The Market Is Waiting For A Catalyst – Sit Tight And Don’t Force A Trade!

March 23, 2010

I wish I had some spicy commentary to add today, but I don’t. The market is waiting for a catalyst and the volume has dropped off dramatically.

The momentum is strong. Yesterday, the market was ready to sell off after the new healthcare bill was passed. After an early decline, the market snapped right back and finished higher. Apparently, bulls believe the Congressional Budget Office (CBO) and the program will pay for itself.

Traders want to see strong signs of economic improvement before they buy stocks. The unemployment picture has not improved the last three months and we have not seen job growth. Unemployment benefits are running out and so are severance packages. Eventually, this will weigh on consumption.

Many analysts are looking for employment growth in next week’s Unemployment Report and they feel that companies are rehiring. The government will be hiring census workers and that might offset state workers that have been laid off. Companies have been able to increase productivity and they aren’t anxious to increase expenses. When they do hire employees, they are doing so overseas where growth prospects are higher and wages are lower. I don’t believe we will see robust job growth this year.

Interest rates will start creeping higher. India raised rates last week and China is considering the same. Some Fed members are calling for higher rates and they believe the phrase “extended period of time” should be removed. If interest rates rise because economic conditions are improving, that is a good sign. However, interest rates can also go up because inflation is rising and credit risk is higher. These are not bullish for the market. Inflation has not been a concern, but credit risk is on the rise.

As long as economic conditions continue to gradually improve, the market will grind higher. Companies are making good money and interest rates are low. Investors don’t have many attractive alternatives so they will keep their money in the market. Economic conditions would have to deteriorate for months on end before the market rolls over. There will be plenty of warning signs as this occurs. Eventually, traders will start pricing in a double dip recession and that will lead to a sustained decline.

This scenario will take months to unfold. Governments will continue to print money to stimulate the economy and they will have marginal success. Unfortunately, debt levels will continue to grow until they reach a breaking point.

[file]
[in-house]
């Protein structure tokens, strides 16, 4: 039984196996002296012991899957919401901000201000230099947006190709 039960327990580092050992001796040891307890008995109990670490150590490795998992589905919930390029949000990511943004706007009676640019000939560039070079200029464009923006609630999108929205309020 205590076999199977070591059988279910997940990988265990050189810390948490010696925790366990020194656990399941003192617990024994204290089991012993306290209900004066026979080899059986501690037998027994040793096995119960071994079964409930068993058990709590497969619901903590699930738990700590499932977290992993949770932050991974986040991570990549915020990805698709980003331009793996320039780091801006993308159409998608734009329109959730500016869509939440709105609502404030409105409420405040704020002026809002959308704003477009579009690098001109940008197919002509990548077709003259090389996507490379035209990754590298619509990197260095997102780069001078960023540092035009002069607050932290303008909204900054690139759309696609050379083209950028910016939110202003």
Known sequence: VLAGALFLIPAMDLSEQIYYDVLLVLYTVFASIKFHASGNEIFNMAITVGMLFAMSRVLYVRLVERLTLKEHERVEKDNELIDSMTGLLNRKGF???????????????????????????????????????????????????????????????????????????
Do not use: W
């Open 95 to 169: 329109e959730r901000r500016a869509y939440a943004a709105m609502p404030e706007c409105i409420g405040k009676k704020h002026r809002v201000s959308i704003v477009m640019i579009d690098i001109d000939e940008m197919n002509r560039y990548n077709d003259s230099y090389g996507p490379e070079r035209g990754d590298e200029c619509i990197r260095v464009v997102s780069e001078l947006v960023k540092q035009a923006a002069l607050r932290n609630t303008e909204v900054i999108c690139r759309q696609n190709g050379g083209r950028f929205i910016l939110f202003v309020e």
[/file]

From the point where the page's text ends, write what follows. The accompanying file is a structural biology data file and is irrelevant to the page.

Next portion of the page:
Italy needs to refinance €256 billion this year. Its national debt is well over 100% of its GDP and their upcoming bond auctions will be monitored closely. Greece has to secure financing for €16 billion in the next six weeks. Italy is waiting to see how that turns out and they want to see if the EU provides support.

Bond auctions in the US and in Europe will be important to watch – they are the wildcard in all of this. If bondholders feel that they won’t be repaid, they’ll stop buying the debt. Many major nations (US, England, Japan, Spain, Italy…) will not see a budget surplus ever again. Interest payments on national debt and social programs don’t even cover tax revenues. Each year they will slip further and further into debt. A credit crisis would cause a very swift market decline.

This week, the US will hold major bond auctions and $118 billion in treasuries will be sold. China has stopped buying US treasuries and they are a net seller. Relations between our two countries are strained. The passing of the national healthcare program will drive us further into debt. You can’t provide health care to 32 million people without incurring huge costs. It will be interesting to see how these two events will impact the demand for our bonds this week. Since the maturities are relatively short term (2-year, 5-year, 7-year) the actions will probably go fairly well. However, this is a potential “fly in the ointment” in a lackluster market.

Look for a quiet market that favors the upside. Danger looms and I still feel that the rug can get pulled out from under us at any time. Buy puts on cyclical stocks if the SPY breaks below 115. I am waiting patiently. I don’t want to buy calls because the market has stalled and I don’t want to sell credit spreads because the implied volatility is at an 18-month low.
image


Previous Bulletin

March 22, 2010

Next Bulletin

March 24, 2010
Top